Literary Precedents for Ligeia

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Poe's art derives from the Gothic tradition, a genre popular in his own time. Critic Julian Symons notes, "The Gothic novelists wanted to arouse in their readers feelings of terror and delight at the horrific plight of the central character, and they used mysterious events to enhance these feelings." Gothic writing veered into violent crime literature and ghost stories, and employed creaky mansions, malevolent characters, and deadly secrets. Poe parodies the Gothic style in his "How to Write a Blackwood Article," named for the popular Scottish monthly Blackwood's Magazine. Poe depicts Mr. Blackwood himself explaining to a spellbound disciple how to write the type of story he publishes: "There was 'The Dead Alive,' a capital thing!—the record of a gentleman's sensations when entombed before the breath was out of his body—full of taste, terror, sentiment, metaphysics, and erudition. You would have sworn that...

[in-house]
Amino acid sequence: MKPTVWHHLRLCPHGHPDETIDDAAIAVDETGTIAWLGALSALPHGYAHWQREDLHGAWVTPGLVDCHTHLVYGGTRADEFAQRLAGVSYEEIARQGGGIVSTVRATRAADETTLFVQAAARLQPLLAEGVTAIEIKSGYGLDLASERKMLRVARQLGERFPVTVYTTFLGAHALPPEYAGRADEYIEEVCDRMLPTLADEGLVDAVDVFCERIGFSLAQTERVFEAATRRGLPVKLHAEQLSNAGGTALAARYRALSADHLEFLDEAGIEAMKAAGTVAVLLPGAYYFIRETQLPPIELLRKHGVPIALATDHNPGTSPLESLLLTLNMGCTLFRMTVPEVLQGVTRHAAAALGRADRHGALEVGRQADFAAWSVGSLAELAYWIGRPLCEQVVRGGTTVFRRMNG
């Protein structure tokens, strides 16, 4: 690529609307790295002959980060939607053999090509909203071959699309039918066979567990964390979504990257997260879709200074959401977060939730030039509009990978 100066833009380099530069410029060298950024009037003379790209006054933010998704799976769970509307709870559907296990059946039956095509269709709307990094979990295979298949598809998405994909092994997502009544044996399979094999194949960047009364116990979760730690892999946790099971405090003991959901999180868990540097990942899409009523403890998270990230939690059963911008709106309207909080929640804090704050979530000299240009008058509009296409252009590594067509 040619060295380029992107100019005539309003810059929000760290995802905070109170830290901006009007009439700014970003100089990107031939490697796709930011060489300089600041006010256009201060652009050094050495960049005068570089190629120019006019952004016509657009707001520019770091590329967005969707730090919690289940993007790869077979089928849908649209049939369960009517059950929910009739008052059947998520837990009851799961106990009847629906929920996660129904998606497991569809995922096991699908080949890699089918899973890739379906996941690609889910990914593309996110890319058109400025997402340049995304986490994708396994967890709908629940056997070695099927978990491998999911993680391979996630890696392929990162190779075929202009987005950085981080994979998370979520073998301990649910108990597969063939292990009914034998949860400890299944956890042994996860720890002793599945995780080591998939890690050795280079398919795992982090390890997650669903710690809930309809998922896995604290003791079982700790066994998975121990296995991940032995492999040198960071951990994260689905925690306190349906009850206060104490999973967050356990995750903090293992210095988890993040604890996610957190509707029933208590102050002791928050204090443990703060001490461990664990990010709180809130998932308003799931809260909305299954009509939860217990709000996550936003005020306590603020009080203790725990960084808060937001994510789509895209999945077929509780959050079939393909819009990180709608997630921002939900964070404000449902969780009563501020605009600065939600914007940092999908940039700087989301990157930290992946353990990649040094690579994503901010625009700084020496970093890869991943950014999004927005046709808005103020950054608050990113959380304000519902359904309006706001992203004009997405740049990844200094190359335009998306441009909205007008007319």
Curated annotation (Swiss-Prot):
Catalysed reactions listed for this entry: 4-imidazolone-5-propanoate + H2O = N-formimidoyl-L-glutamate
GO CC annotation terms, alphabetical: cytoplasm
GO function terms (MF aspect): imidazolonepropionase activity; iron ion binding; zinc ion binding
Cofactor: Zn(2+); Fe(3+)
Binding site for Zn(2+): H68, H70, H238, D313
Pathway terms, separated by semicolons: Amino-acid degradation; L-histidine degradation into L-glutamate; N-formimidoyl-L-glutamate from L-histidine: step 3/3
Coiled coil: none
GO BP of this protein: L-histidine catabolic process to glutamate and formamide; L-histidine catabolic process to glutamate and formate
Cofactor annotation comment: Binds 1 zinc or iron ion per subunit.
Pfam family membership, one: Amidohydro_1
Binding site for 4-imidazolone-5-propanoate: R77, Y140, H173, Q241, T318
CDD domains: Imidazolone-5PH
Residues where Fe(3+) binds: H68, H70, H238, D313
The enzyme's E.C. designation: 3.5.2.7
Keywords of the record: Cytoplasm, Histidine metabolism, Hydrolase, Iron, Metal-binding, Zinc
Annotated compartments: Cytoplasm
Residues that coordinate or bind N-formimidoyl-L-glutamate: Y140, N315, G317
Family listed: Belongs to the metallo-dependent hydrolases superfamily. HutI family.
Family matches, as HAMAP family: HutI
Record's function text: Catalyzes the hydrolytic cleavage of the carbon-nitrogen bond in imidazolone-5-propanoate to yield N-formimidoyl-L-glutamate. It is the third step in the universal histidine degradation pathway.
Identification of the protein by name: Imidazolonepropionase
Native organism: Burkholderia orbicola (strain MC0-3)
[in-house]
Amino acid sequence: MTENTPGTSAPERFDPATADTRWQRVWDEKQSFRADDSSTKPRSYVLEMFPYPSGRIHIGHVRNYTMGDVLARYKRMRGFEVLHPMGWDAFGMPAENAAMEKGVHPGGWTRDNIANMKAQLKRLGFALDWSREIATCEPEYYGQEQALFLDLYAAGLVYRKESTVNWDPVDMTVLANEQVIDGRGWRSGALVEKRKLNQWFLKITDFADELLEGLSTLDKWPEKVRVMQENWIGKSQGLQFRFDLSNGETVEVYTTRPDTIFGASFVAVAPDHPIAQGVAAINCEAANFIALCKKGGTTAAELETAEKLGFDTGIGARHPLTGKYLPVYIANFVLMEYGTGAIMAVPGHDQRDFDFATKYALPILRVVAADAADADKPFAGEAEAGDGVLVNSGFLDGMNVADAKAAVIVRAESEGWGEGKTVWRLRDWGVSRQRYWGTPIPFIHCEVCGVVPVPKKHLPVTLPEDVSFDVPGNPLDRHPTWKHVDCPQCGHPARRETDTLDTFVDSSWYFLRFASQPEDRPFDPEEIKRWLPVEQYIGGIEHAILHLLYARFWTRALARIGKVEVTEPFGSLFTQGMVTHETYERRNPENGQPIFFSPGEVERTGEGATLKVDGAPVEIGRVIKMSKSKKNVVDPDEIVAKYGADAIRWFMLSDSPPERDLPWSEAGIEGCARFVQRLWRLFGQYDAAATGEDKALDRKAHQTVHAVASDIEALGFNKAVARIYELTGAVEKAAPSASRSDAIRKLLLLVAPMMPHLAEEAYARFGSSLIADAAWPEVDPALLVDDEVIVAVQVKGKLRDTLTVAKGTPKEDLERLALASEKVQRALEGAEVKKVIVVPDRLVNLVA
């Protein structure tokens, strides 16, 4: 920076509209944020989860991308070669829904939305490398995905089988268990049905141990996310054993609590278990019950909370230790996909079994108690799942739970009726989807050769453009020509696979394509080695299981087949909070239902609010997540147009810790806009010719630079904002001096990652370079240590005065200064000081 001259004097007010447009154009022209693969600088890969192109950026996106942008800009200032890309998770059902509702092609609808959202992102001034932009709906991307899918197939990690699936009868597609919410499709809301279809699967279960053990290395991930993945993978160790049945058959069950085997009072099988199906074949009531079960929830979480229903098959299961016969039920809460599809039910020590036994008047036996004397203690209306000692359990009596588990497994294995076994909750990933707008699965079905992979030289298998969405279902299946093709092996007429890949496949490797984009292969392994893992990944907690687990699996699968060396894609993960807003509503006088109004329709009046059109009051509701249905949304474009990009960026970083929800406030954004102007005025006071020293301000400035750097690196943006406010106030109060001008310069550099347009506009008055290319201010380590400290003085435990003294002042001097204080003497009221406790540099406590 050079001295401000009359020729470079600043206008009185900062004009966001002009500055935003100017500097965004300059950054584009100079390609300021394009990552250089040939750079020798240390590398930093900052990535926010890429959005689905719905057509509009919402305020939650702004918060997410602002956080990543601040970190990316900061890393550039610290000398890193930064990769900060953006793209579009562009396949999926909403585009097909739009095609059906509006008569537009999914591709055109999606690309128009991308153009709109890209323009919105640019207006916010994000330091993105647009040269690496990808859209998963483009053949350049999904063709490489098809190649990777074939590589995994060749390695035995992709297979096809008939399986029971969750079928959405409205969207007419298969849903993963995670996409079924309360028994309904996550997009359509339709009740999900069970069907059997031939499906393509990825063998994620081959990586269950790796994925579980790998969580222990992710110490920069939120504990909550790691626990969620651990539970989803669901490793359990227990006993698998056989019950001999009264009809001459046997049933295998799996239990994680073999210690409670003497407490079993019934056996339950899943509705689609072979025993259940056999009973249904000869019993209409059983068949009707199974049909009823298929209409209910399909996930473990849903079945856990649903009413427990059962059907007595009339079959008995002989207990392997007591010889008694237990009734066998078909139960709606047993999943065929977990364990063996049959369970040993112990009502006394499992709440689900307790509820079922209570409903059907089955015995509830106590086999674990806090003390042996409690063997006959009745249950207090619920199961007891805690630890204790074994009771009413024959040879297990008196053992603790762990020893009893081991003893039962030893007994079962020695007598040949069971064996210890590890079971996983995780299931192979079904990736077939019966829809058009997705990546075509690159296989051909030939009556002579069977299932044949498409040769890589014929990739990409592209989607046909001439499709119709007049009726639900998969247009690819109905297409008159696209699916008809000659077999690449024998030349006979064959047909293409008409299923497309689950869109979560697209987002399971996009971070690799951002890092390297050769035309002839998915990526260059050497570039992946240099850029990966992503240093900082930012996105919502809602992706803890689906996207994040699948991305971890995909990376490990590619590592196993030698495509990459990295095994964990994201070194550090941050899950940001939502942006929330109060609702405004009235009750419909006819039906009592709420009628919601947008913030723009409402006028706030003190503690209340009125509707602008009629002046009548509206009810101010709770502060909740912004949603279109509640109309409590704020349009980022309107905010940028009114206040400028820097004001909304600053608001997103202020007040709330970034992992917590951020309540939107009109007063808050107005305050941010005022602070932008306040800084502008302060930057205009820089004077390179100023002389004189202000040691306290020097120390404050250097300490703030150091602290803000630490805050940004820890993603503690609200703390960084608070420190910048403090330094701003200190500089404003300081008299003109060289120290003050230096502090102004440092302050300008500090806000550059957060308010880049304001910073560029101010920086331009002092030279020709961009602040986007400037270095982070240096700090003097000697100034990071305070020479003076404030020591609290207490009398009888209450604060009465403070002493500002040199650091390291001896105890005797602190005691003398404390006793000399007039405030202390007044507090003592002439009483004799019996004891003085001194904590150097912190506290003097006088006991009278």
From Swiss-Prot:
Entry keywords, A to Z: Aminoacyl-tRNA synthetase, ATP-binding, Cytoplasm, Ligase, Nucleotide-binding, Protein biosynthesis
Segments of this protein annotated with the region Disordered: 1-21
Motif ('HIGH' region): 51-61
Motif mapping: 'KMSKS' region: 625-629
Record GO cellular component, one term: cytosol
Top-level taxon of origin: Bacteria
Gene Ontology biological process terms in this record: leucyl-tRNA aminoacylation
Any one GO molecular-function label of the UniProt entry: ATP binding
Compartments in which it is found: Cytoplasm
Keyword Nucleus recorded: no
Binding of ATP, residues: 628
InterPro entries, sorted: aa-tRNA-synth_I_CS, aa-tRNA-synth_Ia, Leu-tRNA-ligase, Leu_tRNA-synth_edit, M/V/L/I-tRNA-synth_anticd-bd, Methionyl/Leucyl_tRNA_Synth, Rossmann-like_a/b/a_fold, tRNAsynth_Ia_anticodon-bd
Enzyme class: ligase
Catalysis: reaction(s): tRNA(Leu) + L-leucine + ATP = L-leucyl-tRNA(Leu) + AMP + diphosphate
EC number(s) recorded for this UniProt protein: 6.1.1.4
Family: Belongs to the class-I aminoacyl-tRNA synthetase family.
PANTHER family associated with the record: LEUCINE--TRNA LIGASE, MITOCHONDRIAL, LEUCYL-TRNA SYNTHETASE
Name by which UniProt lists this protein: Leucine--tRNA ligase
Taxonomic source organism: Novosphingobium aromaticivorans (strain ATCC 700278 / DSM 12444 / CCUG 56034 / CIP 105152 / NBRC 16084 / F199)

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This section contains 335 words
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Buy the Ligeia Study Guide
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